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How to Boost Your Mood


I am probably one of the worst people to give advice on mood-boosting.  I’m the sort of person who, having gotten into a bad mood, has a really hard time getting back into a good mood.  Usually it requires going back to bed.  When I’m in a bad mood, for some perverse reason I want to stay there.

I’m like Anne in Lucy Maud Montgomery’s book Anne of Green Gables.  When Anne felt homesick after leaving the Green Gables, she tried not to cry, but finally gave in, thinking “I can’t cheer up – I don’t want to cheer up.  It’s nicer to be miserable!”  Some days I just feel that “It’s nicer to be miserable.”

Such a thought is, of course, ridiculous.  Of course being happy is more pleasant than being miserable.  But, as the saying goes, “misery loves company,” and a bad mood can be really hard to shake.

There’s lots of conventional wisdom for brightening a bad mood, some of which works for me, and some of which doesn’t.

Something that Totally Doesn’t Work for Me:

  • Exercise – Exercising is supposed to be some sort of magical mood booster.  While I have found that a habit of exercising regularly usually results in being happier overall, when I’m in a “nicer to be miserable” mood, exercising usually only makes me feel worse.  I start thinking more about my weight and figure, and start to feel fat and inadequate.

Things that I Probably Shouldn’t Do But Sometimes Do Anyway:

  • Comfort Food – I don’t usually eat a lot of junk food, and I try to avoid emotional eating.  But sometimes it’s best to just let myself have the milkshake (or whatever I happen to be craving).  And, you know what?  As long as I do it in moderation, it really does make me feel better, without feeling guilty later.
  • Shopping – Or, as I like to call it, “retail therapy.”  Again, I do try to do it in moderation.  Even when I do splurge, I’m still not a big spender – an average splurge for me is less than $30.  Giving myself a little treat now and then is a nice way to reward myself for trying to be a responsible adult the rest of the time.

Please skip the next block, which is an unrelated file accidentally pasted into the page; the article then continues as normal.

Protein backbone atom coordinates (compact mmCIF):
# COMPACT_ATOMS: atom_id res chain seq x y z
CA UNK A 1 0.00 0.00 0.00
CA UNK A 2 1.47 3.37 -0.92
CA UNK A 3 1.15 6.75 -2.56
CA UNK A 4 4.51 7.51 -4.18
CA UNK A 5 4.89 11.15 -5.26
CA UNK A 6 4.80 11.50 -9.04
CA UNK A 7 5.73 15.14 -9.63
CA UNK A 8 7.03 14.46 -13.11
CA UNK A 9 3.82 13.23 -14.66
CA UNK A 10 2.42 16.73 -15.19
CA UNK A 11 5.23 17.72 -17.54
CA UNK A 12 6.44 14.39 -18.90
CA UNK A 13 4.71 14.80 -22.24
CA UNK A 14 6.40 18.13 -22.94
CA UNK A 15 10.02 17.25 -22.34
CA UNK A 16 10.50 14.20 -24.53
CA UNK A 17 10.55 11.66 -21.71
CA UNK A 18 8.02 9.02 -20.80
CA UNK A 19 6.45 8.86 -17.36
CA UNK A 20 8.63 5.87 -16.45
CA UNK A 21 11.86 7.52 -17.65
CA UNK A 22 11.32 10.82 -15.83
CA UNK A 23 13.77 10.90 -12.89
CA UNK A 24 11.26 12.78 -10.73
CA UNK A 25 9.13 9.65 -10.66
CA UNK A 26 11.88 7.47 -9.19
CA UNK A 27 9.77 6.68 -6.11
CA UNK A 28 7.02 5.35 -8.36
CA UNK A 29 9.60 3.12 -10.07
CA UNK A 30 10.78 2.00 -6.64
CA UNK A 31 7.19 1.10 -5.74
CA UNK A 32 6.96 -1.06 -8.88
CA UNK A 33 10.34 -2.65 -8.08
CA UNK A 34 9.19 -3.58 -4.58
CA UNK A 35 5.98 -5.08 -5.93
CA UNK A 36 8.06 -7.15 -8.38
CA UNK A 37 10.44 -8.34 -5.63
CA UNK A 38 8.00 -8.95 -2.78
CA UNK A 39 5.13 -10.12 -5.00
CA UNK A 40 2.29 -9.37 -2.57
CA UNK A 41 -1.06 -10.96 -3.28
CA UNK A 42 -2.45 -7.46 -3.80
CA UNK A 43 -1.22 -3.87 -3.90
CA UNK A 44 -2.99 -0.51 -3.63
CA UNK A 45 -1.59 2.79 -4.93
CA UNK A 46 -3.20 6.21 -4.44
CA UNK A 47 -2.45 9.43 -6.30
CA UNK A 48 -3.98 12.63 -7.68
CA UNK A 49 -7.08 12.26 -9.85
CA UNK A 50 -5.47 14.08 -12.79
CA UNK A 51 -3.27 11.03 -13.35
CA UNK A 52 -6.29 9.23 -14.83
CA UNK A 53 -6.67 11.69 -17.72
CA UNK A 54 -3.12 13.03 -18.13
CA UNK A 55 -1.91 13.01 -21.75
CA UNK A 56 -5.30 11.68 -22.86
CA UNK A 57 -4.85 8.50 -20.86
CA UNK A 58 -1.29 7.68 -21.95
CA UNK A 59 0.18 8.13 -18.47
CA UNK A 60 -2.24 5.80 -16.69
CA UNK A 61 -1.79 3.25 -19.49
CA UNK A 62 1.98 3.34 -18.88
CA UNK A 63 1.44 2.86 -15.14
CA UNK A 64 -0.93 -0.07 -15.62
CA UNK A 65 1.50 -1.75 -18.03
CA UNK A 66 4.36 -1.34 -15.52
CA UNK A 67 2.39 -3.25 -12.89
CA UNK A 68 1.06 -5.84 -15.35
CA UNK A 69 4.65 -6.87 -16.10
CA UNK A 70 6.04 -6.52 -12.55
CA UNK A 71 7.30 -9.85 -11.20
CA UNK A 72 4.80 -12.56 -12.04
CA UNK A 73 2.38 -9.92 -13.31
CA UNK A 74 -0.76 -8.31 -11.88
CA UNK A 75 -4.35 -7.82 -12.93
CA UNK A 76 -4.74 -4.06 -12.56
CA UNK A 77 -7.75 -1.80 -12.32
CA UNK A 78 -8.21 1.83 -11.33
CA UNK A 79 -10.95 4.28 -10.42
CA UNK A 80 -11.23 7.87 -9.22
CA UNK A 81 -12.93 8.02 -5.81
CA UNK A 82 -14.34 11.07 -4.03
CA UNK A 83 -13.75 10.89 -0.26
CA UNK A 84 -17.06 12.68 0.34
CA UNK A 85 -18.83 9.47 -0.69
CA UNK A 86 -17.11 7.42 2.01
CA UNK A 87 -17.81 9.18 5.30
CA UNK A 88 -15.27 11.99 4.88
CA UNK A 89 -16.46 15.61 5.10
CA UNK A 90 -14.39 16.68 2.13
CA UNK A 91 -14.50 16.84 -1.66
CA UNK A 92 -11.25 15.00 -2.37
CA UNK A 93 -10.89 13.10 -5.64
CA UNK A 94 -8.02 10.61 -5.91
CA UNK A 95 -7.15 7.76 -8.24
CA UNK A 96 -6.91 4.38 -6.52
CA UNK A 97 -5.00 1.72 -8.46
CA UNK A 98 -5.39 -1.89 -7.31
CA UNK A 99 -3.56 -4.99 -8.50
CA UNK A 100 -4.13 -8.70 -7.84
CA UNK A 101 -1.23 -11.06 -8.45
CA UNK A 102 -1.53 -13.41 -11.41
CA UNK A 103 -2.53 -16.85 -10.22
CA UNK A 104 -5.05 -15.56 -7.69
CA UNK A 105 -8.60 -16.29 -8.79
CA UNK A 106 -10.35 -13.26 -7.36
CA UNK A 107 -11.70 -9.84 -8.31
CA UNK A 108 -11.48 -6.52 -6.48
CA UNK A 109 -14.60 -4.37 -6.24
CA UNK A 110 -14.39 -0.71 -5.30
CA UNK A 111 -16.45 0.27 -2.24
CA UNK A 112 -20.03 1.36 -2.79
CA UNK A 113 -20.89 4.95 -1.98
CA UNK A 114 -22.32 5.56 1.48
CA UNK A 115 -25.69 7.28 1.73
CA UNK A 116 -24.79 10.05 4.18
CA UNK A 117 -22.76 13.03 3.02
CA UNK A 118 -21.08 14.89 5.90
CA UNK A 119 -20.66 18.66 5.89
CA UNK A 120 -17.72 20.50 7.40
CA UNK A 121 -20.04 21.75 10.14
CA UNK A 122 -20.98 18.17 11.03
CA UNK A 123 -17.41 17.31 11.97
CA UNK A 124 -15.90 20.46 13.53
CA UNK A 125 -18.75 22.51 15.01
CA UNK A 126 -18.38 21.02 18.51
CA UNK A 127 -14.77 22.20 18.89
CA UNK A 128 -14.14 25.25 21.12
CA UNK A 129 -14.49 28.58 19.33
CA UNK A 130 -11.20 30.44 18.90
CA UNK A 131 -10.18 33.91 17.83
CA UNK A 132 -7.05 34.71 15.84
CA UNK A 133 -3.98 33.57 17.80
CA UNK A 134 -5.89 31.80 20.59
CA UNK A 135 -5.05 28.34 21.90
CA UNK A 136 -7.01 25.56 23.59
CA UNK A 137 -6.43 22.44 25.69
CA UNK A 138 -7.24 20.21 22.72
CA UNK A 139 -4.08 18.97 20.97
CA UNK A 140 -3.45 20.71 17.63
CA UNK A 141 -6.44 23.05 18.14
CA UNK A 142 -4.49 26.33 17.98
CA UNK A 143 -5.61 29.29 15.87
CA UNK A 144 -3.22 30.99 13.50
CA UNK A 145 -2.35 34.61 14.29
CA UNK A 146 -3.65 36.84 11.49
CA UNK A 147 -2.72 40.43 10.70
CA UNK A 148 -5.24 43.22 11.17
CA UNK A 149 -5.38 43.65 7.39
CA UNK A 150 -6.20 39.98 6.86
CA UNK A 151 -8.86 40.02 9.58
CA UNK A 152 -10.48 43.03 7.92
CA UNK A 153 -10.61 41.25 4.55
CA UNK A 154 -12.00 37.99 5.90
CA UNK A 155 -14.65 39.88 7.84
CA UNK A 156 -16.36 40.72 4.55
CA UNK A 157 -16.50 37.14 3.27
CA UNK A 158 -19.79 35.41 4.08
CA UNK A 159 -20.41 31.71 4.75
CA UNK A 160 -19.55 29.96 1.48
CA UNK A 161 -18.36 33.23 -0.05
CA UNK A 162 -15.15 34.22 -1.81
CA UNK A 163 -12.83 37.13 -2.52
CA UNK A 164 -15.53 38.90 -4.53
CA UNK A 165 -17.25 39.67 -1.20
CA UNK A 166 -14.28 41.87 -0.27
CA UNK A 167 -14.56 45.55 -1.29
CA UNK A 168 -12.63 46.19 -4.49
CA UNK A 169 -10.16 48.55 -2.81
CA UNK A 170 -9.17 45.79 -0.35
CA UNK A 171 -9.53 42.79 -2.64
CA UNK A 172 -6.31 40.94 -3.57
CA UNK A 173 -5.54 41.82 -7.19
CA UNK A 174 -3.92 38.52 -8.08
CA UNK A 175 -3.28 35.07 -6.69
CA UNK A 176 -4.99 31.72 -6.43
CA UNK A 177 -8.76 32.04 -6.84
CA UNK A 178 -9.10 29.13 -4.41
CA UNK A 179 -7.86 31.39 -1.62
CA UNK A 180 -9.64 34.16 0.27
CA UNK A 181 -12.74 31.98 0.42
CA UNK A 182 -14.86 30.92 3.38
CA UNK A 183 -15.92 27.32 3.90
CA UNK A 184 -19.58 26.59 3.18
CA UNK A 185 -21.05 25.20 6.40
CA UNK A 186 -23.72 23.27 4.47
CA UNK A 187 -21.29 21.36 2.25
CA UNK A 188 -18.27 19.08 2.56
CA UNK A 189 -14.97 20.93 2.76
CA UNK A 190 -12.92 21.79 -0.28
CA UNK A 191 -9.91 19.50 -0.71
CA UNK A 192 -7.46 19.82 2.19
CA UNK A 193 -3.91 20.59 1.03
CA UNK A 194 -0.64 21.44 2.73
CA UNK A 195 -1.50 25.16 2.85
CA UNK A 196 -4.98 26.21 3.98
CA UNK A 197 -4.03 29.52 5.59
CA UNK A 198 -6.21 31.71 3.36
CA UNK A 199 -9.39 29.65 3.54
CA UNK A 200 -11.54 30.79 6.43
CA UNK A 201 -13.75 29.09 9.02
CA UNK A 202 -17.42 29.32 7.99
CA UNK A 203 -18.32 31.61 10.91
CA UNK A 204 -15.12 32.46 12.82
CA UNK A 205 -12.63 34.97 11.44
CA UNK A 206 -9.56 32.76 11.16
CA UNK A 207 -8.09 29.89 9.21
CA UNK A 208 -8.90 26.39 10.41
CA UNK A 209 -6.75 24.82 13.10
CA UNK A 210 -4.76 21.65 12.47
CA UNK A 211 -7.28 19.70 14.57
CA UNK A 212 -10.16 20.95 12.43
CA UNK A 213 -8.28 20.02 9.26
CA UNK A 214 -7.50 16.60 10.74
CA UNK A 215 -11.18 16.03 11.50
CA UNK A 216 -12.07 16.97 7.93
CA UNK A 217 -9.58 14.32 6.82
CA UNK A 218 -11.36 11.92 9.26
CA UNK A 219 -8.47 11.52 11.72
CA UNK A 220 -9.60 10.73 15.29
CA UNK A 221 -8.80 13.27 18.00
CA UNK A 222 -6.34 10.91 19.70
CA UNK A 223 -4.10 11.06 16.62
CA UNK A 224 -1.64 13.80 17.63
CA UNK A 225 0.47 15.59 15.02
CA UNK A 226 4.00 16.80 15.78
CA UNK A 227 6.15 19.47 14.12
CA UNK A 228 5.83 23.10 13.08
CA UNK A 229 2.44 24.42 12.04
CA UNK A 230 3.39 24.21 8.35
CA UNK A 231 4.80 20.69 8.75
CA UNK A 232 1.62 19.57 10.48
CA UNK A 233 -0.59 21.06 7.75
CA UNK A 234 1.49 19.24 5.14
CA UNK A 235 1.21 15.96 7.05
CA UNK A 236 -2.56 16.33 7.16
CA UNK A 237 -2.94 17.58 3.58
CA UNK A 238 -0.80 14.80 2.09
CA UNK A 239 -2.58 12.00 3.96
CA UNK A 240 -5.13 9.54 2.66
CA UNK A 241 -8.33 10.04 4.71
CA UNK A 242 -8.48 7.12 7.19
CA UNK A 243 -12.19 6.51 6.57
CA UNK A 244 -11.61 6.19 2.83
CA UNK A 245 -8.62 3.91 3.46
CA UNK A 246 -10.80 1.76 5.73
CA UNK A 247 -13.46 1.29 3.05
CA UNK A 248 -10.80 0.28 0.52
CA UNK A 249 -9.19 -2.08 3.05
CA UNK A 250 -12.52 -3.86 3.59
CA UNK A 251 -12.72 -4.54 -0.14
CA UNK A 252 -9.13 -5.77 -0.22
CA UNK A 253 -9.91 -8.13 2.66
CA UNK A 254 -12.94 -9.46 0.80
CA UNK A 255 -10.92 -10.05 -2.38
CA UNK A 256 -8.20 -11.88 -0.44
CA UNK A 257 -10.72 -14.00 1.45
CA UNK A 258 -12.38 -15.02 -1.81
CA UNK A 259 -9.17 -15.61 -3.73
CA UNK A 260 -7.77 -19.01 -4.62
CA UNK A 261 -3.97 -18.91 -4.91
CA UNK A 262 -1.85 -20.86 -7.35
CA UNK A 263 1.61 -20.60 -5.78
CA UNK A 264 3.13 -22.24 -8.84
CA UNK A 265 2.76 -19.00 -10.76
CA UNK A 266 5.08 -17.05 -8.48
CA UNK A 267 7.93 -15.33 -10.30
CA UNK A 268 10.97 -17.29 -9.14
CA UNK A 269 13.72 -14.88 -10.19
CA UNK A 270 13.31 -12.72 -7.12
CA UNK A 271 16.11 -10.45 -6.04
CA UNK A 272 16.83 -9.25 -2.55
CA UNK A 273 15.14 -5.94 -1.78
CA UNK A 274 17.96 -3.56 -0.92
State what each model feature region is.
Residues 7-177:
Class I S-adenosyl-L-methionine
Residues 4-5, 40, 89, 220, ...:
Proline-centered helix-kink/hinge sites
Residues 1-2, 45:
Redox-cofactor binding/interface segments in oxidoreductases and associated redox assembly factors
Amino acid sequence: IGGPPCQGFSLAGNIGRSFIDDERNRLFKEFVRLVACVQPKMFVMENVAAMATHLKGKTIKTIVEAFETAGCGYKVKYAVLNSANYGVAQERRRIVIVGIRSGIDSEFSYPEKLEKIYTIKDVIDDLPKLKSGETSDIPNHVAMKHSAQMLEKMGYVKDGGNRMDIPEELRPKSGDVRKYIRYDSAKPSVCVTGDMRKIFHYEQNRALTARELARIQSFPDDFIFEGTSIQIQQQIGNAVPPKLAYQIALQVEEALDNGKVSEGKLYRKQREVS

Things that Mostly Work:

  • Pleasant Memories – I reflect upon good times, things I’ve accomplished, and look through my photo books.  A nice walk down memory lane can get me through what I need to do, though it doesn’t lift the gloom completely.
  • Cleaning – A cleaner space helps me relax and feel inner peace.  (Wow, that sounds totally lame, but just go with it.)
  • Music – Either I sing fun songs or  I listen to music I really enjoy.  This usually works pretty well, though sometimes the mood boost only lasts as long as the music.  I found a really great quote awhile ago, and it is so true for me: “I don’t sing because I am happy; I am happy because I sing.” Singing kind of fools my brain into thinking I’m happy.  Singing definitely works better for me than just listening; in fact, I get depressed when I start losing my voice, because then I can’t sing.
  • Doing Something Creative – Like blogging or working on a photo book on Shutterfly.  If I’m in a bad mood, it’s really hard to get started on a creative endeavor, but it can really help me feel better.
  • Mindfulness Walk – I like to go for walks, but not for exercise.  I walk at a fairly slow pace, and focus on appreciating the sights and sounds.  A park or duck pond (or some other attempt at nature in the urban landscape) works best for mood-boosting.  This puts me in a quiet, contemplative mood.

Sure-fire Mood Boosters:

  • Reading – If I can have a good chunk of time (at least half an hour to an hour) to read something for fun, I will feel refreshed and ready to try again.
  • Socializing – Nothing cheers me up like a social gathering.  Even if I think I don’t want to go, I’m glad I went.  I love to talk and socialize.  Withing five minutes I’ll be chipper and cheerful.
  • Annoying Non-Morning People in the Early Morning – This is even better than socializing.  If someone wakes me up, I will want to smack someone.  But if there are grumpy I’m-not-awake-until-I-have-my-first-cup-of-coffee kind of people around, I feel the urge to sing something bright and chipper, like “In the leafy treetops the birds sing good morning.”
  • Reading the Scriptures – Reading the scriptures, even just for a little while, gives me feelings of peace.  It puts my little problems in perspective and helps me to rely more upon God and less upon myself.

What works for you?  What totally doesn’t work?  Am I totally crazy, or can you relate?  (That’s the real reason I write some of these posts; I want to find out if I’m normal or weird.)  Share your thoughts in the comments below!





  1. Mikey Gee says:

    “That’s the reason I write some of these posts; I want to fid out if I’m weird or normal.”

    I’m pretty sure you know the answer to that one!

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